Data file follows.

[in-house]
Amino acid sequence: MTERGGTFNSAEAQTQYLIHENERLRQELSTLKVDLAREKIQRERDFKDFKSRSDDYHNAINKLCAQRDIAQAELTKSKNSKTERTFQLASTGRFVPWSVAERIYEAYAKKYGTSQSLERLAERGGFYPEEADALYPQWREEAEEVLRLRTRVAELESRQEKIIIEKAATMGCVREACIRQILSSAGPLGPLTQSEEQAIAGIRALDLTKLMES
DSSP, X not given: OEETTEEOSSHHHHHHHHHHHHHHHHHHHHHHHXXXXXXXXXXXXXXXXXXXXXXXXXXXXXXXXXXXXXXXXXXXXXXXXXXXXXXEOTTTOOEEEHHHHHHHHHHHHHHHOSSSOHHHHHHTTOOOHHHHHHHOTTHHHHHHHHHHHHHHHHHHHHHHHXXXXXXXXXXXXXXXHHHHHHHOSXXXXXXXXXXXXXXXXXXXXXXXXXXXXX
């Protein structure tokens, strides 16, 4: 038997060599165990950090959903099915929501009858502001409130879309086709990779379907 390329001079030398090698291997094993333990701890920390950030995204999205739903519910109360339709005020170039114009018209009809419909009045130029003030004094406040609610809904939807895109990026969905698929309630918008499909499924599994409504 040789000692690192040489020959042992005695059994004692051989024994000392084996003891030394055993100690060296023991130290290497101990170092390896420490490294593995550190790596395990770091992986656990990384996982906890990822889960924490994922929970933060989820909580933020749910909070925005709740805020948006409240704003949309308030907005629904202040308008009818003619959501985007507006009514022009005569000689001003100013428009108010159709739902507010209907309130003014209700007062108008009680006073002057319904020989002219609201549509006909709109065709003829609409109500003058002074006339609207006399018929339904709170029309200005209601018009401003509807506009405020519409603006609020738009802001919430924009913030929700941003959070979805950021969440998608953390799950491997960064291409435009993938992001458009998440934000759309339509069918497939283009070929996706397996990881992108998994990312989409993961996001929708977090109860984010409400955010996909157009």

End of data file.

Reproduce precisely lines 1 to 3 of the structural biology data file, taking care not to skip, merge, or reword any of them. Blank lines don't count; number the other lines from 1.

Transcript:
[in-house]
Amino acid sequence: MTERGGTFNSAEAQTQYLIHENERLRQELSTLKVDLAREKIQRERDFKDFKSRSDDYHNAINKLCAQRDIAQAELTKSKNSKTERTFQLASTGRFVPWSVAERIYEAYAKKYGTSQSLERLAERGGFYPEEADALYPQWREEAEEVLRLRTRVAELESRQEKIIIEKAATMGCVREACIRQILSSAGPLGPLTQSEEQAIAGIRALDLTKLMES
DSSP, X not given: OEETTEEOSSHHHHHHHHHHHHHHHHHHHHHHHXXXXXXXXXXXXXXXXXXXXXXXXXXXXXXXXXXXXXXXXXXXXXXXXXXXXXXEOTTTOOEEEHHHHHHHHHHHHHHHOSSSOHHHHHHTTOOOHHHHHHHOTTHHHHHHHHHHHHHHHHHHHHHHHXXXXXXXXXXXXXXXHHHHHHHOSXXXXXXXXXXXXXXXXXXXXXXXXXXXXX